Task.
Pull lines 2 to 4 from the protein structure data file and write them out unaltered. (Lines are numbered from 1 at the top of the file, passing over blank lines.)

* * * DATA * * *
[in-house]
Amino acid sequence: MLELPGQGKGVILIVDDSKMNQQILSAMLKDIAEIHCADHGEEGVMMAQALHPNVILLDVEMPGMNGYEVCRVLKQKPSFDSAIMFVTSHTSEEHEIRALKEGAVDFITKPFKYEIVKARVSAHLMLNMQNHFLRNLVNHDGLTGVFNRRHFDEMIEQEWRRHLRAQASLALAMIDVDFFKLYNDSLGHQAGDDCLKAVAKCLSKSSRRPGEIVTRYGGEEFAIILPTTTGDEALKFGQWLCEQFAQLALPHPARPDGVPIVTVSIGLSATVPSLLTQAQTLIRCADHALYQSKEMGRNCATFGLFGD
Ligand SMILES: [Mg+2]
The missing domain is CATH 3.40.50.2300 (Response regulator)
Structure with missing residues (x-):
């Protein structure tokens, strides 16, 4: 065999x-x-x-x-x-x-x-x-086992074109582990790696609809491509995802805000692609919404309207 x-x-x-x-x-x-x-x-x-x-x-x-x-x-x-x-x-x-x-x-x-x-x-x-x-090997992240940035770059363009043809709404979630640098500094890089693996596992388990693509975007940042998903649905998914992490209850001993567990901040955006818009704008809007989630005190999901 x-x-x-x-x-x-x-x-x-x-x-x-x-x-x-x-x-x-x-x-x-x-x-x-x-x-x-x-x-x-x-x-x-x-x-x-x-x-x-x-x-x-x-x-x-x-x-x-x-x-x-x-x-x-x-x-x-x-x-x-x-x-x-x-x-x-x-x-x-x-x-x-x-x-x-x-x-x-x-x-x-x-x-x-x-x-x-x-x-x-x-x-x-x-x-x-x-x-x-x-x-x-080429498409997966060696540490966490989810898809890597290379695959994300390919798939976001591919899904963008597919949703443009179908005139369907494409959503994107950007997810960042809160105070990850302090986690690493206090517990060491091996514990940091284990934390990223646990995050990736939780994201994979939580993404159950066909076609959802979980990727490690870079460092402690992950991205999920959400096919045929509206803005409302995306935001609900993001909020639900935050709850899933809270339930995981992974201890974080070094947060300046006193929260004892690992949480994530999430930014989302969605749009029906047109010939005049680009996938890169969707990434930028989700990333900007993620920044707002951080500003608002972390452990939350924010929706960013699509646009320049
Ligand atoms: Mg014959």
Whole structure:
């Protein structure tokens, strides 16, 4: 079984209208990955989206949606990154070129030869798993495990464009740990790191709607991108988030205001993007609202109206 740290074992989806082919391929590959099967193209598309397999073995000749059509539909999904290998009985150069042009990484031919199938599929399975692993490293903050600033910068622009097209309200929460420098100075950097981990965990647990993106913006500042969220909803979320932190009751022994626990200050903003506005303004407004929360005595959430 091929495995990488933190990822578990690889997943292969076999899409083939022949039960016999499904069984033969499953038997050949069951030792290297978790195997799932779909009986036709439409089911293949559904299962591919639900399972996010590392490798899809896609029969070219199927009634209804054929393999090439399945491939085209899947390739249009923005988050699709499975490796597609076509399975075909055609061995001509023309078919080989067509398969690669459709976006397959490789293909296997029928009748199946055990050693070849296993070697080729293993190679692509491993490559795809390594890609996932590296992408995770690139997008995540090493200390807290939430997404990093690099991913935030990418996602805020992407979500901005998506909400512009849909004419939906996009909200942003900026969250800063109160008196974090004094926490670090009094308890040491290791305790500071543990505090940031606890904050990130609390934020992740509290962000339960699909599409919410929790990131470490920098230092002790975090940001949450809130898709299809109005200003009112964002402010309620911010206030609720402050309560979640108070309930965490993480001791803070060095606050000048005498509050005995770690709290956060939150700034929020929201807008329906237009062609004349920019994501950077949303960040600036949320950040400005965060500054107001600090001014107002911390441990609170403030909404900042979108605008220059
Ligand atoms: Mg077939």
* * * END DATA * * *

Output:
Amino acid sequence: MLELPGQGKGVILIVDDSKMNQQILSAMLKDIAEIHCADHGEEGVMMAQALHPNVILLDVEMPGMNGYEVCRVLKQKPSFDSAIMFVTSHTSEEHEIRALKEGAVDFITKPFKYEIVKARVSAHLMLNMQNHFLRNLVNHDGLTGVFNRRHFDEMIEQEWRRHLRAQASLALAMIDVDFFKLYNDSLGHQAGDDCLKAVAKCLSKSSRRPGEIVTRYGGEEFAIILPTTTGDEALKFGQWLCEQFAQLALPHPARPDGVPIVTVSIGLSATVPSLLTQAQTLIRCADHALYQSKEMGRNCATFGLFGD
Ligand SMILES: [Mg+2]
The missing domain is CATH 3.40.50.2300 (Response regulator)